Uninspired writer
Uninspired writer, from a cartoon “FILM, FILM, FILM”, 1968, by Fyodor Khitruk

Have you ever been in a situation when you felt a writing block? You want to give up and feel like you’re the worst writer in the entire world. Well, I have. Some part of me says that I am a talentless failure, that I should give all this up. But luckily, there are way better writers and artists than I am, saying that this feeling of complete despair is rather normal, and battling the Inner Critic is an inevitable part of the work.

William Zinnisser in On Writing  – book not just for writers, but anyone who ever writes anything – highlights the ‘hard work’ that is often left overlooked behind an effortless-looking result.

Good writing doesn’t come naturally, though most people seem to think it does. Professional writers are constantly bearded by some people who say they’d like to “try a little writing sometime” – meaning when they retire from their real profession, like insurance or real estate, which is hard. Or they say, “I could write a book about that”. I doubt it. Writing is hard work. A clear sentence is no accident. Very few sentences come out right the first time or even the third time. Remember this in moments of despair. If you find that writing is hard, it’s because it IS hard.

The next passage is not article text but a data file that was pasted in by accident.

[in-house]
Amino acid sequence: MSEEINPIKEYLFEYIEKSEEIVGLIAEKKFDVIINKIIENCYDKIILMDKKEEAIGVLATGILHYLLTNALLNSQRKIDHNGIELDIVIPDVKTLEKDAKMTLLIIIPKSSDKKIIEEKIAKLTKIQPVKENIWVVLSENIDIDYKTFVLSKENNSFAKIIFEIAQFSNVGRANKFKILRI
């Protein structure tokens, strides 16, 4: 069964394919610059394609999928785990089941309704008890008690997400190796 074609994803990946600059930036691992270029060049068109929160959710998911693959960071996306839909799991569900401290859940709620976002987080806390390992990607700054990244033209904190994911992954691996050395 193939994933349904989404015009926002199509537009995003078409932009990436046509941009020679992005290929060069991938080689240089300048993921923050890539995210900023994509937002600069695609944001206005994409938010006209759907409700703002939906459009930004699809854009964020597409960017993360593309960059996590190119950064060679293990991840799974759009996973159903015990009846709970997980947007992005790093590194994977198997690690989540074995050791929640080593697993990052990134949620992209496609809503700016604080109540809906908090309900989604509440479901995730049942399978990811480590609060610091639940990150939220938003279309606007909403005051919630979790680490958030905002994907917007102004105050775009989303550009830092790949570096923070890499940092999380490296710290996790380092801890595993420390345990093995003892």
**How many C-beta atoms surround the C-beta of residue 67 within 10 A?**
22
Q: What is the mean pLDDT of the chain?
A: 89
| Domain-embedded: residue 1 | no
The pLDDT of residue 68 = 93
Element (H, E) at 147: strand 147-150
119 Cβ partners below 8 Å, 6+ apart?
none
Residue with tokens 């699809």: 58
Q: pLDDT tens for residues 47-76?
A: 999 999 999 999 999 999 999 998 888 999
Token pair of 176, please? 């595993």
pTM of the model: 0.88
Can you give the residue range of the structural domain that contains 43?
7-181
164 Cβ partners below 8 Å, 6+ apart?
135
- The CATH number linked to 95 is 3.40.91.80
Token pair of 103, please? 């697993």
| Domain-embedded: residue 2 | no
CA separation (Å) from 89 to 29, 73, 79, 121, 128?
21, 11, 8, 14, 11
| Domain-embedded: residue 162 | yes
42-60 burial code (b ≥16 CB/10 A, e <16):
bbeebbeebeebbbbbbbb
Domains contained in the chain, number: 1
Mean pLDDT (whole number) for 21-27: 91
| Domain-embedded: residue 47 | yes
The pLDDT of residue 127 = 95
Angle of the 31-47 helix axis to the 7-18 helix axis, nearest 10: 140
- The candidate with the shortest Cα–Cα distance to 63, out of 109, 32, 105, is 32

Some people might say that writing isn’t the most difficult job that one can have. But what makes it difficult is that you have to battle with your malicious inner critic pretty much every day. It can be debilitating sometimes, but we still go on.

In 1955 graphic artist M.C. Escher wrote in his letter to his son Arthur about how he too battles with his own inner critic. But the driving force that’s been pushing him to pursue his art is tenaciousness, rather than talent.

Good God, I wish I’d learn to draw a little better! How much effort and persistence it costs to try to do it well. Every once in a while the stress of it all drives me to the point of a nervous breakdown. It is strictly a matter of persisting tenaciously with continuous and, if possible pitiless self-criticism. I believe that to produce prints the way I do is almost strictly a matter of wanting so terribly much to do it well. Talent and all that are really for the most part just baloney. Any schoolboy with a little aptitude can perhaps draw better than I; but what he lacks in most cases is that tenacious desire to make it a reality, that obstinate gnashing of teeth and saying, ‘Although I know it can’t be done, I want to do it anyway.’

Collection of lectures, letters and personal memoirs by the ingenious graphic artist M.C Escher. Eloquently written, it offers a great insight into the creative process and his most famous artworks.